“You really must get to the CFO and say: ‘If you want to proactively manage your T&E expense so that you can optimize your spend, you need to build a portfolio solution’”

There are other multiple bits. There's Travel Request, that's just right out the front. Of course, there's Travel Booking. There’s also a module that's called Reconciliation.

This is where, in Asia especially, people go and use travel management companies and just get a bill every month for all travel. They then need to reconcile it against all pre-approved travel before they pay the bill. We built some automation into that to help with the reconciliation process.

There's Duty of Care, which sits from a perspective that says where people are right at the moment, and how to look after them if there is a challenge. Then there is the piece on getting transparency through the interconnections with the ecosystem. We've got to get people to use this, so having credit cards and new payment systems linked is going to be very important.

Do companies use 100% of these functionalities, or do people complain that they use just 10% of it, yet are charged for all of the modules?

This is why we try very hard to get in to the CFO. If you're talking to a procurement officer, then you tend to be just expense-based. If you're talking to HR, it tends to be expense, too. If you're talking to the head of travel, you tend to come at this from a travel perspective.

You really must get to the CFO and say: "If you want to proactively manage your T&E expense so that you can optimize your spend, you need to build a portfolio solution."

My experience in most countries in Asia is that, after we've got a customer go-live, normally within about 18 months they're starting to look at other modules to automate the process as much as possible.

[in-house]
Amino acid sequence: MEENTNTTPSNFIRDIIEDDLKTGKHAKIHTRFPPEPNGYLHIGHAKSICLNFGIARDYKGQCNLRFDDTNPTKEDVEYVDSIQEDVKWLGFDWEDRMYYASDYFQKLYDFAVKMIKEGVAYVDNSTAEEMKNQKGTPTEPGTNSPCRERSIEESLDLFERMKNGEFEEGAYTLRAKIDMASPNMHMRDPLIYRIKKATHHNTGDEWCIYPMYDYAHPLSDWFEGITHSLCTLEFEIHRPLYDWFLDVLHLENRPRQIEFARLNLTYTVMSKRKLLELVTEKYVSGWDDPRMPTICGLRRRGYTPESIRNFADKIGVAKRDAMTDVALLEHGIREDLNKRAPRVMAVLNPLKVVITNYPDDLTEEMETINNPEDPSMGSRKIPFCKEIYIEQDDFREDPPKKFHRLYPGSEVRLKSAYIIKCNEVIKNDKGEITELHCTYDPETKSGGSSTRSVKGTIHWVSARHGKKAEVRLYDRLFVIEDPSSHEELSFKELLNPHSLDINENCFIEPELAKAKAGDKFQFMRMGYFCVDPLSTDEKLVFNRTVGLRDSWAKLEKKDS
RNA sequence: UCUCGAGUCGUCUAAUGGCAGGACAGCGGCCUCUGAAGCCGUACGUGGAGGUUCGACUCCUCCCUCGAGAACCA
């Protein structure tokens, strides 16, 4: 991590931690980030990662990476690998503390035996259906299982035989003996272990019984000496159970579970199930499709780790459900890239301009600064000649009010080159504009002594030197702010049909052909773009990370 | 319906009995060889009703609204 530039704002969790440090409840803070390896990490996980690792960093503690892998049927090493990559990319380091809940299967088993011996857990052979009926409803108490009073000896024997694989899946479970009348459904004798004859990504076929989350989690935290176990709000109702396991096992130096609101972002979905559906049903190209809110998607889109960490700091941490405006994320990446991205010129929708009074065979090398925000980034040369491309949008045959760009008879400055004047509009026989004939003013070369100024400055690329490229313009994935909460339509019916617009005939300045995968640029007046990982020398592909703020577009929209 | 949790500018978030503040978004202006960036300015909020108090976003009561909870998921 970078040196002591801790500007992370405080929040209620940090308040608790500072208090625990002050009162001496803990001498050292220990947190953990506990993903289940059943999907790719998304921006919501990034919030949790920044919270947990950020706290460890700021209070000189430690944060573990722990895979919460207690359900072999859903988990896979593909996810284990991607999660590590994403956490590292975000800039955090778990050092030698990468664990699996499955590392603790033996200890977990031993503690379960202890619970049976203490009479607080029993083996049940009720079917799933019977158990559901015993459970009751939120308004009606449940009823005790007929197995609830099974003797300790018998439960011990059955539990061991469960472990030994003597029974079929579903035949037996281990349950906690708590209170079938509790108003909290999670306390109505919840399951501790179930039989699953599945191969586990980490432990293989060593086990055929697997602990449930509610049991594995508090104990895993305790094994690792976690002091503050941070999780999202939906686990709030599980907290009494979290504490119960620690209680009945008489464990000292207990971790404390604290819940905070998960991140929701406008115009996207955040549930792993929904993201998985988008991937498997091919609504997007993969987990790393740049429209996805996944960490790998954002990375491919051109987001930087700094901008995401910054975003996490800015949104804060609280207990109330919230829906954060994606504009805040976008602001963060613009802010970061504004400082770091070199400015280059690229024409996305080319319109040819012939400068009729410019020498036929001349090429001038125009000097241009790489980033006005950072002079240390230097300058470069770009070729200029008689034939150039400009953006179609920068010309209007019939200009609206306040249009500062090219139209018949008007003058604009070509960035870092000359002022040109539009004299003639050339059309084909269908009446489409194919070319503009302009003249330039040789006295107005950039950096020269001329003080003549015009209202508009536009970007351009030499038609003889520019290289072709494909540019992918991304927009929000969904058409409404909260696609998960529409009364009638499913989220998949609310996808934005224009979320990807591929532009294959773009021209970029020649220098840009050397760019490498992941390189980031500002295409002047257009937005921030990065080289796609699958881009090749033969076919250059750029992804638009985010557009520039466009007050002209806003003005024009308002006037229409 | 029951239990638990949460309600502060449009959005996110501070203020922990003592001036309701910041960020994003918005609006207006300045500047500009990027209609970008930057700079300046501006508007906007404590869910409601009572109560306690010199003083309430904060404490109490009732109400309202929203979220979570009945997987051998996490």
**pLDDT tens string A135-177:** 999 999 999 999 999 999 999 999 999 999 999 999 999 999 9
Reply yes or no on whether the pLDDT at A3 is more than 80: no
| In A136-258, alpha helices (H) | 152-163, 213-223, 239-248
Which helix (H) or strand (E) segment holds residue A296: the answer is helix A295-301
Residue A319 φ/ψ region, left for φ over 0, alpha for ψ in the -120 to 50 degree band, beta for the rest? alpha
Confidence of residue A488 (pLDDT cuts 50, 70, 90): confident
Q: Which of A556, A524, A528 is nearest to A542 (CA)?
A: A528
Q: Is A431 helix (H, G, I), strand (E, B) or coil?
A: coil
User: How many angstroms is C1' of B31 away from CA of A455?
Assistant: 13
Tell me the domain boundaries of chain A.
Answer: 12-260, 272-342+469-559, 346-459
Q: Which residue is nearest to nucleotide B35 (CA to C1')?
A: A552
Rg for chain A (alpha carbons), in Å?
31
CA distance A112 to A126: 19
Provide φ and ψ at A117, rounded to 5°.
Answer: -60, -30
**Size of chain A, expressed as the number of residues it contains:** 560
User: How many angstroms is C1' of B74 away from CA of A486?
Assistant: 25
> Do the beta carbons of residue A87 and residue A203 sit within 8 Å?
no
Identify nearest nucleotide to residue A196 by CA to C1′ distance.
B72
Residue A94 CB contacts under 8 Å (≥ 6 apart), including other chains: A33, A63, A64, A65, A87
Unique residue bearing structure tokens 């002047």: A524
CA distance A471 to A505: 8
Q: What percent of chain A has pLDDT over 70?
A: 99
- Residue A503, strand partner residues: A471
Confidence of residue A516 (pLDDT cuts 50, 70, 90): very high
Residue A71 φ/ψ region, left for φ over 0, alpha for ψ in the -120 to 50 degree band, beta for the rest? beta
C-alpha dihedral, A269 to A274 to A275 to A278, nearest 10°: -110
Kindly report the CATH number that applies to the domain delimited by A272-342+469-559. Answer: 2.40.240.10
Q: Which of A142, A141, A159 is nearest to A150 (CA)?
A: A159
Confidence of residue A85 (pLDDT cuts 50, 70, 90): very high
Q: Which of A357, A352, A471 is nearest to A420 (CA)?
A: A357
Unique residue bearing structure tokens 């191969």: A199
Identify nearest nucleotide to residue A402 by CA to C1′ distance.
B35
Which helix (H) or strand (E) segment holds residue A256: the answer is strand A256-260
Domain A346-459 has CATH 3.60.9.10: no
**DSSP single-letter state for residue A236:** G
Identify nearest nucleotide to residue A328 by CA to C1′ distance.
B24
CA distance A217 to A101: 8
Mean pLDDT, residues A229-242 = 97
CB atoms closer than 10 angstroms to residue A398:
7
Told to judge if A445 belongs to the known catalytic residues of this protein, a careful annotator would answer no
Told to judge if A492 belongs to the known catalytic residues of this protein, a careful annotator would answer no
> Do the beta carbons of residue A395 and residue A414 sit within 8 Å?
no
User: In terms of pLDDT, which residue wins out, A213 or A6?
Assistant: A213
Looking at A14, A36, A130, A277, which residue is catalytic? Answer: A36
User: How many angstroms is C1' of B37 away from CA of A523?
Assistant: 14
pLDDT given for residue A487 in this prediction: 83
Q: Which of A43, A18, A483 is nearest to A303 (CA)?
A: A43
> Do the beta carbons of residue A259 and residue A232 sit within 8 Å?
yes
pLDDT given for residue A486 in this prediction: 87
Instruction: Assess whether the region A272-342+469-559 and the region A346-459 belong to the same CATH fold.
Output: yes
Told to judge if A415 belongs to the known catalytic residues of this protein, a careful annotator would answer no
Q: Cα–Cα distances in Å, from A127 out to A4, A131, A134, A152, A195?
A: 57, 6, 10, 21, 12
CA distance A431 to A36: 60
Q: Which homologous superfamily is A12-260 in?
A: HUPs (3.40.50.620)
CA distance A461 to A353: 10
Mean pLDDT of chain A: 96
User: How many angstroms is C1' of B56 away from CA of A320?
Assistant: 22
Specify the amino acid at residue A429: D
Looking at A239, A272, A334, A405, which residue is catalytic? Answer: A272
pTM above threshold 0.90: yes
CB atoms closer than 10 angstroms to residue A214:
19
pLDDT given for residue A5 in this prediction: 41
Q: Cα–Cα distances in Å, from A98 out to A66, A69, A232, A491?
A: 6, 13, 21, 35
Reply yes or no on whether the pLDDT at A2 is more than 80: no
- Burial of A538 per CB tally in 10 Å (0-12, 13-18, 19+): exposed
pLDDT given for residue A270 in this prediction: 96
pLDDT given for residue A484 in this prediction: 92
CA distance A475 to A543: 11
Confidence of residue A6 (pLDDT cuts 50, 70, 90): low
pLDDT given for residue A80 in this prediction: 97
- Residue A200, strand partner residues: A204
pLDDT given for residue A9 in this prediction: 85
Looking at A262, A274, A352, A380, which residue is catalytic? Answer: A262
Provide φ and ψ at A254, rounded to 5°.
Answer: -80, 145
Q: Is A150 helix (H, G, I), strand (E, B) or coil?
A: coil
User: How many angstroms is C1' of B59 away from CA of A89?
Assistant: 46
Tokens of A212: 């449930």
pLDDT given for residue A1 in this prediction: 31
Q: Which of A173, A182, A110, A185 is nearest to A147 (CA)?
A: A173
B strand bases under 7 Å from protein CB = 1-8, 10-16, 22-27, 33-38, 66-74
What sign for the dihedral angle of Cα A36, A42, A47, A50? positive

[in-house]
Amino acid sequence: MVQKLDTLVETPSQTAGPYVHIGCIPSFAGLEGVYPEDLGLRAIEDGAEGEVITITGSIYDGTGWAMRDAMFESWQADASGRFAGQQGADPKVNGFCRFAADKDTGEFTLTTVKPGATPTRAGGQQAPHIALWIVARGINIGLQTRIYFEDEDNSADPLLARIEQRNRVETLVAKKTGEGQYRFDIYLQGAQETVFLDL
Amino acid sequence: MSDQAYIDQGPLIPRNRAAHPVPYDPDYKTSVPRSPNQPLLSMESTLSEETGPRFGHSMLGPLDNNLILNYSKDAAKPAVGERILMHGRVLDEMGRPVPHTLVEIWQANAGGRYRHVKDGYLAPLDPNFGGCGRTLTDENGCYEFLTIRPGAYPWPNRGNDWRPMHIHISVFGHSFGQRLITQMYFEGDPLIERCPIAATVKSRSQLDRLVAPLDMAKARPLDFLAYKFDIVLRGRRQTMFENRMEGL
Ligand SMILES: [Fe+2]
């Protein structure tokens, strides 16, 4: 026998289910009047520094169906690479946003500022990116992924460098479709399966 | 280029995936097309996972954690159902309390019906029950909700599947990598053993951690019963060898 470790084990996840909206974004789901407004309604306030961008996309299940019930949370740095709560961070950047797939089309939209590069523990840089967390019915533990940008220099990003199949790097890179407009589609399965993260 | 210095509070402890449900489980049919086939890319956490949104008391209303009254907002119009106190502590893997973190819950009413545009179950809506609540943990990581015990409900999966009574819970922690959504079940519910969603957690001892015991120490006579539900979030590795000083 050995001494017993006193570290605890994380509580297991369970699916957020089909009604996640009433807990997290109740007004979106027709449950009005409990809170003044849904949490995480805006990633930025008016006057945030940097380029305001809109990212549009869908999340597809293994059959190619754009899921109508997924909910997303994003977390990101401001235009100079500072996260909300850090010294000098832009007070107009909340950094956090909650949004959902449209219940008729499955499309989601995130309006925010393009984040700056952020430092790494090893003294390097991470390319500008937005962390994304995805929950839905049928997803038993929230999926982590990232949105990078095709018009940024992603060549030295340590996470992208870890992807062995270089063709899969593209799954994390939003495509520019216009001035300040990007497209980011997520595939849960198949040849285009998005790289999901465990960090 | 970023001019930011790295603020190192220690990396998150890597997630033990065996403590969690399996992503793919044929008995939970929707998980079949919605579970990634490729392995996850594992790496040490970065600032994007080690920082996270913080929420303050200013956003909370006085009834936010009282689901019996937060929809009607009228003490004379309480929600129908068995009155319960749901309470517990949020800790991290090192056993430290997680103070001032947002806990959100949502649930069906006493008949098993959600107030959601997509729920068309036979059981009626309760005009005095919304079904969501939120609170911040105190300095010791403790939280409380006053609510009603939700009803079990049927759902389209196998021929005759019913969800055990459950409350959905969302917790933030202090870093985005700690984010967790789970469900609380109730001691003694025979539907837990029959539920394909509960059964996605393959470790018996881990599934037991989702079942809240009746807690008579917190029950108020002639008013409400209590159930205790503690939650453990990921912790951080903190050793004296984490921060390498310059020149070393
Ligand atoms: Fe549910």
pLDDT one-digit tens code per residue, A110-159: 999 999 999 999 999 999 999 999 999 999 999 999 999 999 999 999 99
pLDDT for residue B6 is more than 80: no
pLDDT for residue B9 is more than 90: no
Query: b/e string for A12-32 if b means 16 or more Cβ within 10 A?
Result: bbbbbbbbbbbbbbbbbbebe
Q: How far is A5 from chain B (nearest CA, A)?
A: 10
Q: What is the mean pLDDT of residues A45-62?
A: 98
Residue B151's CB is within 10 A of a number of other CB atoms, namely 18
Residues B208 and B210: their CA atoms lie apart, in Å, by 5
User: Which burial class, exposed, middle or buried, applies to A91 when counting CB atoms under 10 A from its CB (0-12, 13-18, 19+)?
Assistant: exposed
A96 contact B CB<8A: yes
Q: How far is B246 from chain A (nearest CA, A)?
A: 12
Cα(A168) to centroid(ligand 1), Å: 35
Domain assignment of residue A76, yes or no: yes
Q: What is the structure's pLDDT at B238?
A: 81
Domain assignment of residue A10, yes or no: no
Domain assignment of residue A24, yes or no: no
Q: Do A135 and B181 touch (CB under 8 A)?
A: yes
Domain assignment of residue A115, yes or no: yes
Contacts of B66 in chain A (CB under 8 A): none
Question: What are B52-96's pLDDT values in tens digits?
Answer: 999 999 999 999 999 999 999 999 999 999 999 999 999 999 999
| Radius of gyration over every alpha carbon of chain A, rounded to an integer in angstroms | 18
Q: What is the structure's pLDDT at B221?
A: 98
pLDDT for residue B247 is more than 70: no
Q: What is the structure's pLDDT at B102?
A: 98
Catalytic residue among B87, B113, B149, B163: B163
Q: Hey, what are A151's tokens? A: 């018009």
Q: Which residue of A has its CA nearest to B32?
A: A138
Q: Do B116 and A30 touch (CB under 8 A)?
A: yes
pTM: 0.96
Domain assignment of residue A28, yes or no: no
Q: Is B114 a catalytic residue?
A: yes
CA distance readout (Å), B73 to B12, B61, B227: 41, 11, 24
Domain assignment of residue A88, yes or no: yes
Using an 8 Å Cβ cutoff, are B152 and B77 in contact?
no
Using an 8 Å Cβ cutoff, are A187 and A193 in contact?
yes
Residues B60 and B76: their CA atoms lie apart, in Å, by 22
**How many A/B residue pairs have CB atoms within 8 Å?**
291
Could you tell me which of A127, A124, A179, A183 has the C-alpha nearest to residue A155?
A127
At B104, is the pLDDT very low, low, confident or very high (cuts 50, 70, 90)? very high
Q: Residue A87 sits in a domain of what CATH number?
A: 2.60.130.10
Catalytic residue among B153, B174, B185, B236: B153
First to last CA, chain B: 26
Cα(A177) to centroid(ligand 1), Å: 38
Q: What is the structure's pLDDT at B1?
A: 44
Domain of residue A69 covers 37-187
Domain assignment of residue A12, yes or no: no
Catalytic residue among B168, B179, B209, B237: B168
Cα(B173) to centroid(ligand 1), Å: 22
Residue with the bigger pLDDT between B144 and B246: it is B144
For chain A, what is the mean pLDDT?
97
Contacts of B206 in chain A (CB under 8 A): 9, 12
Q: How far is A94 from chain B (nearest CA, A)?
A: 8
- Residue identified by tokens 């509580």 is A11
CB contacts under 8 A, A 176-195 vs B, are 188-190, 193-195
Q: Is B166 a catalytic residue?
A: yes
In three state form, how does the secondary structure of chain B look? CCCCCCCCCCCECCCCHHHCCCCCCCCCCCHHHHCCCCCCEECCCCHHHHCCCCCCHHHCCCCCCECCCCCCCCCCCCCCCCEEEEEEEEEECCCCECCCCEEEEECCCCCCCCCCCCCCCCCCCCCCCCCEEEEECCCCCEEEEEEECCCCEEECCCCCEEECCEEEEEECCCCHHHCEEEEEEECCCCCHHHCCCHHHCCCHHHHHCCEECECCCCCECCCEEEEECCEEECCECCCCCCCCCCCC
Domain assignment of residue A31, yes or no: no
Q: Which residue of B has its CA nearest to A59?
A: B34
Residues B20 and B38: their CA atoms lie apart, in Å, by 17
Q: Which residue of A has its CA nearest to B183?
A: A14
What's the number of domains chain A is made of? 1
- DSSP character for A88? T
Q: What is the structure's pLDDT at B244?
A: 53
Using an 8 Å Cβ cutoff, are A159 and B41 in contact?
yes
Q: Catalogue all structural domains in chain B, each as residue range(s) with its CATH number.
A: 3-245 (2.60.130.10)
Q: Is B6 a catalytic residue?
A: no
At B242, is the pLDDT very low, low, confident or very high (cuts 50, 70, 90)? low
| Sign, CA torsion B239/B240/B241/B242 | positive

The end journey is total automation?

And that's pretty challenging. If you go in and have that conversation with a travel manager that says, "Hey, I want to give you more transparency, I want to lower your costs, and I want to totally automate your system," the guy normally is not very receptive to you.

That's why you’ve got to get to the CFO.

Our results have absolutely told us that if we can manage to get to talk to the CFO, and have the very simple conversation that says, "If I can save you 10% on your T&E expense out of office, will you buy from me?" Ninety percent of the time, you get the answer: "Yes, of course, prove it to me."

If we go in at the CIO level and try and sell our solution, we nearly always end up with a conversation that goes this way. "Mr. CIO, are you interested in a very good travel and expense product?" "Oh, yes, I'm interested, but it's not in this year's budget, so I can't talk to you right now."

“At senior levels in many companies, people want to drive transparency and compliance. But some that sit in the middle don't want them”

While it makes financial sense to CFOs, are there other issues? For example, too much transparency, turf wars and so on?

Of course, because you're dealing with intercompany politics with respect to what's happening in the board room and the hierarchy. You've got companies where CFOs are hugely powerful. But you also have companies where the CIO is the real power broker, and the CFO can't manage to move forward.

At senior levels in many companies, people want to drive transparency and compliance. But some that sit in the middle don't want them. We could start a sales campaign with the CFO, and then as the CFO starts to involve people lower down, we run into a whole swamp of challenges. “Oh, this is too difficult. This is too different. Our people won't like it.”